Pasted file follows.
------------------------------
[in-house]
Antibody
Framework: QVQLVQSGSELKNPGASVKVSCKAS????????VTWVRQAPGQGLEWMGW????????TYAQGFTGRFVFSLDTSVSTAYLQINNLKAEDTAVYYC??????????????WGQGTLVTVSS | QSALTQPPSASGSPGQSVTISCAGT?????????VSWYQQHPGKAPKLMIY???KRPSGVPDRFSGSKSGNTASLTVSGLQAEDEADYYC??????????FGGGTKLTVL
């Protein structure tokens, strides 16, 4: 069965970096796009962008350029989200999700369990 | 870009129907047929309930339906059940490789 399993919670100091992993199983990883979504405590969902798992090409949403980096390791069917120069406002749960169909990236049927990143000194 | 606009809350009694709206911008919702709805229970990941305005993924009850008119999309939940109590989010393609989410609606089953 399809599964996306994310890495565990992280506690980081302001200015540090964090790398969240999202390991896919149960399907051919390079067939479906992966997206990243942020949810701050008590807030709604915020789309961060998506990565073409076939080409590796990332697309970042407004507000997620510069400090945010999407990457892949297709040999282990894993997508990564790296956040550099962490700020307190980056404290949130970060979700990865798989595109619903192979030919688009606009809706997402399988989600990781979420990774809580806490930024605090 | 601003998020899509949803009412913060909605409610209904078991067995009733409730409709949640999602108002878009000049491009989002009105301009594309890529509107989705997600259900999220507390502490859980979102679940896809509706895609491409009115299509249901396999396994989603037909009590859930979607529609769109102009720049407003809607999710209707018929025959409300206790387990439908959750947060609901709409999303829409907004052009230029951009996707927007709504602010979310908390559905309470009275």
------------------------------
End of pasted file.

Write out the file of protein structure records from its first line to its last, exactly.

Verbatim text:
[in-house]
Antibody
Framework: QVQLVQSGSELKNPGASVKVSCKAS????????VTWVRQAPGQGLEWMGW????????TYAQGFTGRFVFSLDTSVSTAYLQINNLKAEDTAVYYC??????????????WGQGTLVTVSS | QSALTQPPSASGSPGQSVTISCAGT?????????VSWYQQHPGKAPKLMIY???KRPSGVPDRFSGSKSGNTASLTVSGLQAEDEADYYC??????????FGGGTKLTVL
């Protein structure tokens, strides 16, 4: 069965970096796009962008350029989200999700369990 | 870009129907047929309930339906059940490789 399993919670100091992993199983990883979504405590969902798992090409949403980096390791069917120069406002749960169909990236049927990143000194 | 606009809350009694709206911008919702709805229970990941305005993924009850008119999309939940109590989010393609989410609606089953 399809599964996306994310890495565990992280506690980081302001200015540090964090790398969240999202390991896919149960399907051919390079067939479906992966997206990243942020949810701050008590807030709604915020789309961060998506990565073409076939080409590796990332697309970042407004507000997620510069400090945010999407990457892949297709040999282990894993997508990564790296956040550099962490700020307190980056404290949130970060979700990865798989595109619903192979030919688009606009809706997402399988989600990781979420990774809580806490930024605090 | 601003998020899509949803009412913060909605409610209904078991067995009733409730409709949640999602108002878009000049491009989002009105301009594309890529509107989705997600259900999220507390502490859980979102679940896809509706895609491409009115299509249901396999396994989603037909009590859930979607529609769109102009720049407003809607999710209707018929025959409300206790387990439908959750947060609901709409999303829409907004052009230029951009996707927007709504602010979310908390559905309470009275």